Eder Jofre vs. Herman Marquez
On May 4, 1962, 3-time world champion Eder Jofre knocked out number one ranked Herman Marquez to retain his World Bantamweight Championship at the famed Cow Palace in San Francisco. This is the original on-site poster for this bout. It is in beautiful condition and has been professionally linen-backed and is ready for framing. On-site posters of multi-champion and Hall of Famer, Eder Jofre are extremely rare. One of the few vegetarians to hold a world title, the great Jofre only fought in the U.S. three times. Very cool vintage original poster!
ORIGINAL 1957 CALIFORNIA BOXING LICENSE APPLICATION (SIGNED) plus 1956 PHYSICIANS REPORT (SIGNED) (not pictured) plus 1957 RAP SHEET (3 PAGES) plus 1969 FINGERPRINT CARD (SIGNED).
Great find for fans of “The Ole Mongoose”. Original documents.
ORIGINAL 1967 CALIFORNIA BOXING LICENSE APPLICATION (SIGNED). THIS WAS FOR HIS FIRST PRO BOXING LICENSE AFTER GETTING OUT OF MILITARY SERVICE.
MARVELOUS MARVIN HAGLER
1984 SIGNED TOP RANK AGREEMENT
Nice typed two page letter. Signed boldly on second page as Marvelous Marvin Hagler in black ink. Beautiful signature! Also, signed by Bob Arum in blue ink. Refers to a Hagler appearance after the Mustafa Hamsho bout where Hagler retained his undisputed middleweight crown via 3rd round KO. Cool piece for Hagler collectors.
“Irish” Jerry Quarry vs. Muhammad Ali a.k.a Cassius Clay
Jerry Quarry’s original signed fight contract for the historic comeback bout with Ali.
This is the Quarry original signed fight contract for the infamous Ali vs. Quarry bout held on October 26, 1970, in Atlanta, GA. It is beautifully signed on the last page in blue ballpoint ink by Jerry Quarry, his manager/father Jack Quarry, and Robert Kossel (for the promoter).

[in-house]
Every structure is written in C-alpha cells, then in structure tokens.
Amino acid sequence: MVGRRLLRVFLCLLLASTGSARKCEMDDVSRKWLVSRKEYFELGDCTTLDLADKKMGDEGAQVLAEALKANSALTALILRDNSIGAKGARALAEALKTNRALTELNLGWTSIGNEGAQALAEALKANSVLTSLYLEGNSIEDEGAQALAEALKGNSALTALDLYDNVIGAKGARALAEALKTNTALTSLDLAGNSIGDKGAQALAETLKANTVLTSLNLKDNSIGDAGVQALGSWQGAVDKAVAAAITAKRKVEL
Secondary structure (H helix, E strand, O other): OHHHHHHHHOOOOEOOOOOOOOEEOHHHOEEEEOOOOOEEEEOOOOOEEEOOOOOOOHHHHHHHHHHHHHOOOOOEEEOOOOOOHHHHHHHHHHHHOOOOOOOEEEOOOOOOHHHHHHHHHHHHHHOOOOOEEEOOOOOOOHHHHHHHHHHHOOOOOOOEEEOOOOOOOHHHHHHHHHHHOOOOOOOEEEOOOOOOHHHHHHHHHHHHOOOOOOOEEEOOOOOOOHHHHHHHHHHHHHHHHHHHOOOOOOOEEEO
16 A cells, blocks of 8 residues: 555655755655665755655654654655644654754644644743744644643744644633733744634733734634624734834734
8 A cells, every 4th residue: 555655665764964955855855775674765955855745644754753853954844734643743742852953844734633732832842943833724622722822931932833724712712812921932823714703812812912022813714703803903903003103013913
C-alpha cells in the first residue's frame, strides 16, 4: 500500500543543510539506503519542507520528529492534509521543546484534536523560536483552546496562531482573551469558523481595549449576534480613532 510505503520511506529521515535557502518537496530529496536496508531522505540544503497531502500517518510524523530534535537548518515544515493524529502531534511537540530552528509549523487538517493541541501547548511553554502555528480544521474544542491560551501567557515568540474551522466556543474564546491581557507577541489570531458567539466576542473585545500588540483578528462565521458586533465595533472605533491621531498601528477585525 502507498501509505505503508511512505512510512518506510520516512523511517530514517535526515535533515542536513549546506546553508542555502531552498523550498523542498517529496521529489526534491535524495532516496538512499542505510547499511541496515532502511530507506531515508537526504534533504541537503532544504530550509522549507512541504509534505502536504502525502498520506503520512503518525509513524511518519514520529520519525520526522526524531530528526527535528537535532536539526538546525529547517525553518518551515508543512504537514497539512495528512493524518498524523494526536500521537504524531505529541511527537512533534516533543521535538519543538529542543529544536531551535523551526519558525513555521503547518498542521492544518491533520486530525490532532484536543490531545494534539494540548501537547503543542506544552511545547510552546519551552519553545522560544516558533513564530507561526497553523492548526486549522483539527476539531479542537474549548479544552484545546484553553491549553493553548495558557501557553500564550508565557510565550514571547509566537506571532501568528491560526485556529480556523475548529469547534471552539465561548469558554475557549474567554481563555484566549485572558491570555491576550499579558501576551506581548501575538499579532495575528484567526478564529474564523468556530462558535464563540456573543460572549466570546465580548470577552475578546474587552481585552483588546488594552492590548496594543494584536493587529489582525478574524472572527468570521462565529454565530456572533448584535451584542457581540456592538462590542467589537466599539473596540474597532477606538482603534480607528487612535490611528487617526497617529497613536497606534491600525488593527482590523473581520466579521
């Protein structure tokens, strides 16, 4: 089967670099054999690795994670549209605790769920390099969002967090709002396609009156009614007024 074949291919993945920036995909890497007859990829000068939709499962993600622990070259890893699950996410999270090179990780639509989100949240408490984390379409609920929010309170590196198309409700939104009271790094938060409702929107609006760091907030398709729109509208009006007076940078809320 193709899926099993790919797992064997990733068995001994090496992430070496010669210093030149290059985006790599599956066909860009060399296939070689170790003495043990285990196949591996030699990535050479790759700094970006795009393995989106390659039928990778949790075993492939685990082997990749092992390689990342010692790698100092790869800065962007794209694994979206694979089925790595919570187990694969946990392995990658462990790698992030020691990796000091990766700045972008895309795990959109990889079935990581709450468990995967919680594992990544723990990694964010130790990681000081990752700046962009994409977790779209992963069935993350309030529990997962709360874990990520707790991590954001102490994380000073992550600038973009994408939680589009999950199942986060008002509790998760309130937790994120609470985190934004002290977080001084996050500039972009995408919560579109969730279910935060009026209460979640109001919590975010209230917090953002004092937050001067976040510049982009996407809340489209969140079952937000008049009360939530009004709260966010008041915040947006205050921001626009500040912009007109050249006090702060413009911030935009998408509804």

The contract is dated September 9, 1970, between Jerry Quarry and Sports Action Inc (House of Sports Inc.). It consists of nine legal size pages and details the promoter, fight location, ancillary fight rights, Quarry’s financial remuneration details, public relations details, charitable contributions to be made by Quarry & Clay, post-fight payment details, and future bout prospects and details should Quarry win.
Also attached is the original Western Union telegram sent by Jack Quarry confirming Jerry Quarry’s acceptance to fight Muhammad Ali in Atlanta on October 26.
Antonio INOKI vs. Muhammad ALI
Original Full On-Site TICKET – June 26, 1976
Ali as boxing heavyweight Champion fought the great Japanese wrestling champion Antonio Inoki in a 15 round exhibition match in Tokyo. On offer is a scarce full ticket to this historic event. In near mint/mint condition. It is accompanied with a signed letter of authenticity from the highly respected founder of JO Sports Inc., Craig Hamilton. This beautiful oversized ticket measures 9″ x 4″ and features color images of both combatants.
HANDWRITTEN and SIGNED 3 PAGE SIGNED LETTER 1957 WITH ENVELOPE